"We have been terribly and systematically misled for nearly 70 years in the United States, and I apologize for my own role in that," Gupta, who penned an article for Time in 2009 titled "Why I Would Vote No on Pot," writes for CNN.com. "I didn't look hard enough, until now. I didn't look far enough. ... I was too dismissive of the loud chorus of legitimate patients whose symptoms improved on cannabis.
For his film, titled simply Weed, Gupta writes that he spoke to "medical leaders, experts, growers and patients" around the world. In a departure from the DEA's view on marijuana, Gupta now believes that "it doesn't have a high potential for abuse, and there are very legitimate medical applications. In fact, sometimes marijuana is the only thing that works." He cites research estimating that 9 to 10 percent of adult marijuana users become dependent, as compared to 20 percent of cocaine users, 25 percent of heroin users and 30 percent of tobacco users.
However, Gupta adds, "developing brains are likely more susceptible to harm from marijuana than adult brains," and that regular marijuana use in teenagers could lead to a "permanent decrease in IQ" or "possible heightened risk of developing psychosis."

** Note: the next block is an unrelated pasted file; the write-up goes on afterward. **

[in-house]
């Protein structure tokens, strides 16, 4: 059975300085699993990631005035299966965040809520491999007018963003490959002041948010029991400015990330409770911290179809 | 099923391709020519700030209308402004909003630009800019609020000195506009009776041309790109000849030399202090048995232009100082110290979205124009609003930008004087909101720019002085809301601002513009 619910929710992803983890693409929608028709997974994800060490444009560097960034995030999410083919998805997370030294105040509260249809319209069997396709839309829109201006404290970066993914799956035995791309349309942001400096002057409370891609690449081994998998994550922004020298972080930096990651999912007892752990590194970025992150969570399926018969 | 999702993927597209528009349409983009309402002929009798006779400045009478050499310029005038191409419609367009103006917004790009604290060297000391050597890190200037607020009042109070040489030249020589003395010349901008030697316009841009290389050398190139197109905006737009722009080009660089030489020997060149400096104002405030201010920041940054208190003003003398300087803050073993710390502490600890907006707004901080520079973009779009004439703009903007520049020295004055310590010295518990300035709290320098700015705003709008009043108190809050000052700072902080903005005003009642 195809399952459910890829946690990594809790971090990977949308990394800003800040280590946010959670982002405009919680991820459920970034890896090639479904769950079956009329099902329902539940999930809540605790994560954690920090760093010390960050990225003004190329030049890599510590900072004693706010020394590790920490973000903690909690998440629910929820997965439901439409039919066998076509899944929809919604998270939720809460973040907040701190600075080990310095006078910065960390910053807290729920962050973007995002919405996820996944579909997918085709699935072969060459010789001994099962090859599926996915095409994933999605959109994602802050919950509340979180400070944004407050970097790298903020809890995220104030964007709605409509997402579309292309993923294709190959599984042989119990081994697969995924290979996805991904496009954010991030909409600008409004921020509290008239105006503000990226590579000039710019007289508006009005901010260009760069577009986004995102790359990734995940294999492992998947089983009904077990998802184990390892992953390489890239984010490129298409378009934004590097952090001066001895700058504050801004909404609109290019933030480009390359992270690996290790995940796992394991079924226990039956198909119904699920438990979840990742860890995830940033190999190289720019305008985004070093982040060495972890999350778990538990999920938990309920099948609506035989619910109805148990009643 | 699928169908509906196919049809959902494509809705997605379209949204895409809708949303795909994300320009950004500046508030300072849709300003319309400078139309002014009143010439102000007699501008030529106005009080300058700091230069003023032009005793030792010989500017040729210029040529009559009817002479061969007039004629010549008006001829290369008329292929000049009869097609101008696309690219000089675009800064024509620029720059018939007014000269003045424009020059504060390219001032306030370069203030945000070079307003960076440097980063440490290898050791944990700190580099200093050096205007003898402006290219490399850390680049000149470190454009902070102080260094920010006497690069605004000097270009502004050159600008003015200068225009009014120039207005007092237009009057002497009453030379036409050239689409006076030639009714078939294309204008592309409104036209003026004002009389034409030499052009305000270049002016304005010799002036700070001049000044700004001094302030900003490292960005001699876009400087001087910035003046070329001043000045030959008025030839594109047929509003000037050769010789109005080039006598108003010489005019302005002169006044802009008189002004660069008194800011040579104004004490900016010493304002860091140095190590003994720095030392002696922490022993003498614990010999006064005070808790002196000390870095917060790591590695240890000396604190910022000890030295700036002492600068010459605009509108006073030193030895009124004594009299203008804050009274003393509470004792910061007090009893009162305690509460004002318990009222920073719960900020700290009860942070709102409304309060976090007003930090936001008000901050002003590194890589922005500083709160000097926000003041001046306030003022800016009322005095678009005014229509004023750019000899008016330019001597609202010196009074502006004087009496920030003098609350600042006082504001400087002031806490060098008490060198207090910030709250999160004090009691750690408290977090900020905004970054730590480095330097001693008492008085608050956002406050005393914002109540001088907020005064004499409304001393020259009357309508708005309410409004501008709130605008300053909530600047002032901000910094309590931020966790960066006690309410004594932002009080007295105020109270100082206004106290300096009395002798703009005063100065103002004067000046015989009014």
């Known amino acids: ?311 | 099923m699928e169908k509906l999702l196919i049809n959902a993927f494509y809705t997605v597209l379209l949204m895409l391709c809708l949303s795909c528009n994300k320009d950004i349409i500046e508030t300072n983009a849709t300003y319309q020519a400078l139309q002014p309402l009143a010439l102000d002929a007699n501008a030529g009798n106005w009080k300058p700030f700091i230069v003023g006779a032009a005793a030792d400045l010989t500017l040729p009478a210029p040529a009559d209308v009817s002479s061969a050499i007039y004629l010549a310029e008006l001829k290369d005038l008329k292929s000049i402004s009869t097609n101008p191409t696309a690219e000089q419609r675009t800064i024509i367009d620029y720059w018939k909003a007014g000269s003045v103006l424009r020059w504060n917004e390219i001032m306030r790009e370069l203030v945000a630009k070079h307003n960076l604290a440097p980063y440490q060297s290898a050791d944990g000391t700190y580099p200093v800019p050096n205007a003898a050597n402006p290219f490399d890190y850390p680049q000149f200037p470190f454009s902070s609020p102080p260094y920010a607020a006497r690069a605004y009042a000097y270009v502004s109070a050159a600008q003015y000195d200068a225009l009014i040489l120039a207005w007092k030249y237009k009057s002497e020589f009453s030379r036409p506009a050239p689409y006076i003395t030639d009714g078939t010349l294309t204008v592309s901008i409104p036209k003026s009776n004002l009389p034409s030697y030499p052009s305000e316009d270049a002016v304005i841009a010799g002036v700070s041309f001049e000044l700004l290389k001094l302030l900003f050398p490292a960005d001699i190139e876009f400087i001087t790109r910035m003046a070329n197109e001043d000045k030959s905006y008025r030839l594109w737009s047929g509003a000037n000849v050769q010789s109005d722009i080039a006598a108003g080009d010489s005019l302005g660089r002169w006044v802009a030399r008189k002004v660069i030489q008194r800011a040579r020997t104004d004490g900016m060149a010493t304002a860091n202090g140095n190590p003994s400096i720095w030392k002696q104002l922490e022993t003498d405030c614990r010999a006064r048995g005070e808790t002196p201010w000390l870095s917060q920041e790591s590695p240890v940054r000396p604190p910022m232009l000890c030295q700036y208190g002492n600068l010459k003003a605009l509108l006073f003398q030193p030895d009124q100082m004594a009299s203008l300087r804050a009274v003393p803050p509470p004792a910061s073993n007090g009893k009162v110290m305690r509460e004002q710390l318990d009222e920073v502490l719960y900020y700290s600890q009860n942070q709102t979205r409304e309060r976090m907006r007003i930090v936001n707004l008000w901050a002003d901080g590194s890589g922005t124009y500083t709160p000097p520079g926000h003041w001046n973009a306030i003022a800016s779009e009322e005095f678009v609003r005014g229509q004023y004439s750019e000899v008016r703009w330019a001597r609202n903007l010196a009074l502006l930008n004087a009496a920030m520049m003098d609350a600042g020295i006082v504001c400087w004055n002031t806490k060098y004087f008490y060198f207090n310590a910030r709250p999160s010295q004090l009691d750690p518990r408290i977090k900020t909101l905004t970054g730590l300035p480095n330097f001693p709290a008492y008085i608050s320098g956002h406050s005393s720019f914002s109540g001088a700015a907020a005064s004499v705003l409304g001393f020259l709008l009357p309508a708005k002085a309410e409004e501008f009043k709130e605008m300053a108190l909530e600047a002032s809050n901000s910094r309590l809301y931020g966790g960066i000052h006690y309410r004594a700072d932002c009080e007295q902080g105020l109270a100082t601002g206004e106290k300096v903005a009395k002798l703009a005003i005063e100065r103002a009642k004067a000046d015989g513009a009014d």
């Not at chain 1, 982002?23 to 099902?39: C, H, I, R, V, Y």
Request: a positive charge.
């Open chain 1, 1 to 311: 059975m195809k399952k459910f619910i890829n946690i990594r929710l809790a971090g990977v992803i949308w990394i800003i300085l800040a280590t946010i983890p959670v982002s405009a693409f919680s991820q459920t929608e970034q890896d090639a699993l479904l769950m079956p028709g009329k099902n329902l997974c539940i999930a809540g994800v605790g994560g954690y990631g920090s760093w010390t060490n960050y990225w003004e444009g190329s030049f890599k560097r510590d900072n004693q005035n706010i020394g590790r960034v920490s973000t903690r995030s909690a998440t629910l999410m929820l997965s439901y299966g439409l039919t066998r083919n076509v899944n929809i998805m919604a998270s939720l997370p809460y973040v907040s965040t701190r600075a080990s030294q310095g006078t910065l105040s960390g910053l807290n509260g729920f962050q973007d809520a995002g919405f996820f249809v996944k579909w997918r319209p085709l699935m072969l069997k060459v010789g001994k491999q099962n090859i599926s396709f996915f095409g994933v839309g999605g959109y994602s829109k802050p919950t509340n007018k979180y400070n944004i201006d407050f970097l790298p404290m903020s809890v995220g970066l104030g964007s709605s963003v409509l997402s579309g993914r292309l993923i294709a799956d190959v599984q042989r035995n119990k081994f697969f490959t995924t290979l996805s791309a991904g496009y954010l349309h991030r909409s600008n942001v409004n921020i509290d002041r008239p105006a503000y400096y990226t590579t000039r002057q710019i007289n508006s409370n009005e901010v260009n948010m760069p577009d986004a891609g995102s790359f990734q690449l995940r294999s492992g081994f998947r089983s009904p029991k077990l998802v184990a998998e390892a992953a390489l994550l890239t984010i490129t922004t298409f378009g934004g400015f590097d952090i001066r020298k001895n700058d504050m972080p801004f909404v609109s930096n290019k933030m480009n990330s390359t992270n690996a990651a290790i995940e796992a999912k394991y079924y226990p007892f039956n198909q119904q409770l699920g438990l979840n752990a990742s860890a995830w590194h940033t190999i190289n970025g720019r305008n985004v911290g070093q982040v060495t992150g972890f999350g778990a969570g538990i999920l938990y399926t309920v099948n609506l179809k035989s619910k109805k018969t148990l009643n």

"Much in the same way I wouldn't let my own children drink alcohol, I wouldn't permit marijuana until they are adults," he writes. "If they are adamant about trying marijuana, I will urge them to wait until they're in their mid-20s when their brains are fully developed."
Gupta specifically endorses the use of marijuana to treat cancer, neuropathic pain and post-traumatic stress disorder. "It is irresponsible not to provide the best care we can as a medical community, care that could involve marijuana," Gupta writes.
What do you think of Gupta's new position?